Thunder Storms in Spring

-A Journey Of Forgiveness

The stupid neither forgive nor forget; the naïve forgive and forget; the wise forgives but do not forget-Thomas Szasz
 

Sore ass and hurt feelings. I just couldn’t believe she hit me and with a belt at that! I got my first real whooping and I was devastated. The worst part is, I didn’t even know what I did wrong.

Like I mentioned before, as a young girl I was a lover of anything “girly”. My sister Amber always wore these pretty ribbons and bows in her hair but, I was not allowed to touch or wear them.  Well, I wanted to wear bows in my hair this particular day and I was going to wear some bows. I didn’t want to break the rules so, before I left for school that morning, I stuffed my pockets with toilet paper. On my way to school, I carefully tied the toilet paper around my braids to appear as hair bows. My big sister, Margaret, found this to be utterly embarrassing. 

“Take that crap out of your hair! It looks stupid,”

“No, it don’t! It’s cute.”

“Everybody is going to know it’s toilet paper Manosha.”

“Nu-un! Watch, nobody will know!”

“Take it out or I’m telling!”

“So, what! It’s just toilet paper, I didn’t take the real bows so tell then!”

Nope, I wasn’t backing down so, I wore my “handmade” hair bows all day. Margaret wasn’t backing down either. She did just as she promised and told on me as soon as we got home from school.  Brat! By this time my “handmade” bows had crumbled up and fallen out. Spring didn’t seem phased. She just said ok and went to the bathroom.  No problem….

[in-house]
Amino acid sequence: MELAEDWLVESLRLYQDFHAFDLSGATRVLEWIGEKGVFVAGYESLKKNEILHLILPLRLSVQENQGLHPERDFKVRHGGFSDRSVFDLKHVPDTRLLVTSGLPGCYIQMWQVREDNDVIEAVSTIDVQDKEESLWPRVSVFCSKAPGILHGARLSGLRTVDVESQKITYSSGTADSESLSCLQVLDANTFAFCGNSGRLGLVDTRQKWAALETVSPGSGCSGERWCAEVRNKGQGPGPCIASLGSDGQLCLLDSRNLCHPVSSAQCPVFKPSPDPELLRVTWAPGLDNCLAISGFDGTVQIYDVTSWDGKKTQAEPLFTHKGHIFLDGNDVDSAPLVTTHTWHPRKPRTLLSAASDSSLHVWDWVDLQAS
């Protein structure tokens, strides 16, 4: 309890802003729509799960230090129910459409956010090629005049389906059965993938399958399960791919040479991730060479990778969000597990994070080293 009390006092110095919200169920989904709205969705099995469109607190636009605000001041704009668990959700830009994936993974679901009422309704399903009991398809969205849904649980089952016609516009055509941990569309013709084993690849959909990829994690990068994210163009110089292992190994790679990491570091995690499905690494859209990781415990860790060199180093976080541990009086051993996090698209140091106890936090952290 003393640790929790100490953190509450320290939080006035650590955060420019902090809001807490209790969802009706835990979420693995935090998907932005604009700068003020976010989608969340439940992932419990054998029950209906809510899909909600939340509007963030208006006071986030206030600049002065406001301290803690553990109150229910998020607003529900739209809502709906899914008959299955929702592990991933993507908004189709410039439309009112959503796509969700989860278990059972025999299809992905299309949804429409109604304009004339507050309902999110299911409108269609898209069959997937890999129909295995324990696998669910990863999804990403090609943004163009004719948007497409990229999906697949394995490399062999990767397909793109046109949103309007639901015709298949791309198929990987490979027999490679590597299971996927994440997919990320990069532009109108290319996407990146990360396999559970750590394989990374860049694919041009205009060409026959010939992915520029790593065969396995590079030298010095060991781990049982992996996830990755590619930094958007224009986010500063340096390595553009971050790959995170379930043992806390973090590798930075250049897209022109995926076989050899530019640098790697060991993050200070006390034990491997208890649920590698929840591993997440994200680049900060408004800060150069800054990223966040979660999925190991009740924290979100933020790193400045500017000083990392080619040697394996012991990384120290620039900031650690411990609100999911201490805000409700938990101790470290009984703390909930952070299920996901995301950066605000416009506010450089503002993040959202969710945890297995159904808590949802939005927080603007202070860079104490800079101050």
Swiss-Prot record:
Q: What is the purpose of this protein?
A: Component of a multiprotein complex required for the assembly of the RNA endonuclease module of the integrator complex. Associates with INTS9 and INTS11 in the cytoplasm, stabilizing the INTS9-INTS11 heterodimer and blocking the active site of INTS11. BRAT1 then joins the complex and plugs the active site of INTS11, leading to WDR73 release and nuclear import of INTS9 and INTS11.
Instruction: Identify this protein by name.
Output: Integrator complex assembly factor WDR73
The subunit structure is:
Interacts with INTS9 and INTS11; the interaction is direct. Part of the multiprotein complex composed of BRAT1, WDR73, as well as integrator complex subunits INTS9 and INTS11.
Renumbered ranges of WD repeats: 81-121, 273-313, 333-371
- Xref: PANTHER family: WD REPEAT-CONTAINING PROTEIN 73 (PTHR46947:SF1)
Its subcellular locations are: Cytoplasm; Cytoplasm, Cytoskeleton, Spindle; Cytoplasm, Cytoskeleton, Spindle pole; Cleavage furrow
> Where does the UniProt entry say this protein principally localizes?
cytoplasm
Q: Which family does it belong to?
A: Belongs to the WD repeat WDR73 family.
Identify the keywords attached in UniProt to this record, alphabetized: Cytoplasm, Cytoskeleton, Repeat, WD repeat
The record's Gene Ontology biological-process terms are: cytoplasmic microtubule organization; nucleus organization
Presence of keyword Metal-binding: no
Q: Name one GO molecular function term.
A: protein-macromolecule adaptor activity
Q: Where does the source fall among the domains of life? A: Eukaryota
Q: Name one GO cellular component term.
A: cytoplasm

Moments later, “Manosha come here”, Spring called. No anger in her voice so I’m not in trouble, I thought. I stepped into the bathroom and she calmly closed the door behind me. Still, with calm composure, stand in front of me with her hands behind her back she asked, “What did you take to school today?”.  “Nothing”, I replied.  “Manosha, what did you take to put in your hair?”  she asked a little sterner now.  “Oh, toilet paper”, I said laughing. However, Spring was not even smiling. In fact, she didn’t smile, flinch or blink. Instead, she had this oddly peaceful yet disturbing stare. 

“Where are the hair bows you took to school?” she asked. “I didn’t take any. I made them with toilet paper.” I whined back. 

“Why did you think it was ok to waste the toilet paper?”

“I wanted bows”

“Turn around, pull your pants and underwear down and put your hands on the toilet” she instructed. Now I was all kinds of confused. While I never got a whooping myself, I did see my cousins and Margaret get a whooping and it did not involve them taking off underwear. So, I just stood there looking as confused as I felt. Then she slowly brought her hands from behind her back to reveal a thick, leather, black belt. 

Now, I understood and knew what time it was and burst out into tears. Meanwhile, Spring just stood there, still looking calm, and patiently watched me remove my pants and underwear. “The more you cry, the louder your cry the longer the whooping. If you move your hands or turn around we start over”, she calmly explained.